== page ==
The individualization could be encouraging the resident to paint, quilt, garden, do crossword puzzles, whatever they once enjoyed doing. Staff members are taking residents outside more and for more walks, too.

“Not that we didn’t do that before, it’s just added focus and time,” Green said. “The activities have changed.”

Krause said now when someone walks into the memory care unit, there is a noticeable difference.

“There’s a lot more activity,” she said.

“We think it’s going to change statewide and nationwide how we care for patients with Alzheimer’s and dementia,” Green said of other nursing homes following the Awakenings program.

“Because we’re seeing it working, and because it’s the right thing to do.”

Since the program began this year, those participating are on fewer drugs, some even completely off medications.

“It’s not that we don’t use medications (when needed),” Green said. It’s just a matter of changing medications for some residents. Nursing homes work with doctors and a pharmacist to study the medications residents are on and see where changes could be made.

“We’re using them (medications) more carefully, and making sure we’ve exhausted all other options,” she added.

With such success, Green said Emmanuel hopes to keep the program even after the grant runs out in a couple years.

“We see no reason not to continue it,” she said. The only question is how to fund it.

Besides making the changes to medications and being more focused on what each individual resident needs, Emmanuel has made some environmental changes as well.

More single rooms are available, which means better sleep at night without a roommate. There is a private dining room where couples can go and feel like they’re out for dinner rather than in a nursing home. There will be an exercise room soon as well.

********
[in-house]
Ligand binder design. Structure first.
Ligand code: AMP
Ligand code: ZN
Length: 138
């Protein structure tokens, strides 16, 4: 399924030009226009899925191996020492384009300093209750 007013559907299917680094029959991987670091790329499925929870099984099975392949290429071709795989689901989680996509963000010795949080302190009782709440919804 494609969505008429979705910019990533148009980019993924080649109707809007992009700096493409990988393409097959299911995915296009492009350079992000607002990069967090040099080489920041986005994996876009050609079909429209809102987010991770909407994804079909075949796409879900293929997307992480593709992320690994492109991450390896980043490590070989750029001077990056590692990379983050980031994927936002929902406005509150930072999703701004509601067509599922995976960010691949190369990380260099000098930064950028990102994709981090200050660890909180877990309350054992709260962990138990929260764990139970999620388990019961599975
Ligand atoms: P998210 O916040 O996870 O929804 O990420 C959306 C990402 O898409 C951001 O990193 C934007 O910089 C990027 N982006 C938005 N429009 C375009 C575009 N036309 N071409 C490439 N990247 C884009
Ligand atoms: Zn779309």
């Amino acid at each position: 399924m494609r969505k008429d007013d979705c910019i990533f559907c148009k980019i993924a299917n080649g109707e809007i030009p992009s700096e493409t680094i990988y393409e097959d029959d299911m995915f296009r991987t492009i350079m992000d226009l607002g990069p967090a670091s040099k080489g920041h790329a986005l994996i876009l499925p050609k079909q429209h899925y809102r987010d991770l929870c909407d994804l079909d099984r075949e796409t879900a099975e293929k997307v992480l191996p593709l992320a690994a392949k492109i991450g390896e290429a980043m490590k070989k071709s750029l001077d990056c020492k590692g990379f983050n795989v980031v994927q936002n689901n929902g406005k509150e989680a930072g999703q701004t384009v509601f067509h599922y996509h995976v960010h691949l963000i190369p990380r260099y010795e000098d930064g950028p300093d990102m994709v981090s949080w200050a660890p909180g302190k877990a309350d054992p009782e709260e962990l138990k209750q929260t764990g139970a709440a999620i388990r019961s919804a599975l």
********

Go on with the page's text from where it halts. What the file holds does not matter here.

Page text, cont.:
There’s even a nursery set up for female residents needing to rock their babies.

“Some (residents) are back in that era and want their baby,” Krause said.

It’s not just the residents and their families that are pleased with the results. Green said the staff enjoys the changes as well.

“The staff really loves the residents here. They’re family,” Krause said.

Green said that the grant and the program has allowed them to hire more quality staff as well. It’s not just about experience, but about the care someone can give a resident.

“It’s very relationship based,” Green said. “They have to be flexible and honor the patient’s choices. “We’re letting go of the schedule and looking at the individuals. We’re very pleased. Our residents are changing and it’s a wonderful change that they want to stay active and be strong,” she said.

As most things are, Awakenings, and health care in general, is a learning process. Improvements are constantly being made in the way nursing homes care for their residents.

“We do the best with what we know and then learn better ways,” Green said.

For instance, she said years ago, nursing homes medicated their residents and used restraints on them.

“There’s no rocket science behind this,” Krause added. “It’s just being open to trying new things.”

“The word is out there. Interest is growing,” Green said of the new program.

Jernberg said her father is now driven to exercise, is eating healthier and is anxious to make even more improvements.

“It is absolutely amazing,” she said.

He now watches the news and wants to know what’s going on in the world, he interacts with people more, and he’s asking questions about the health of his wife, who also suffers from memory loss and lives at Emmanuel.

He even got to attend a football game Thursday and visit with various coaches.

“It truly is miraculous. We say, ‘dad’s back.’ It’s improved his quality of life tenfold,” Jernberg said. “I can’t say enough how thankful I am that they put him in this program. We were given the opportunity to make more memories with my dad.”

Jernberg said she knows her father still has dementia and will talk about things that don’t exist, but his clarity has changed.

“Having a conversation with him is exciting again,” she said. “It is truly amazing.”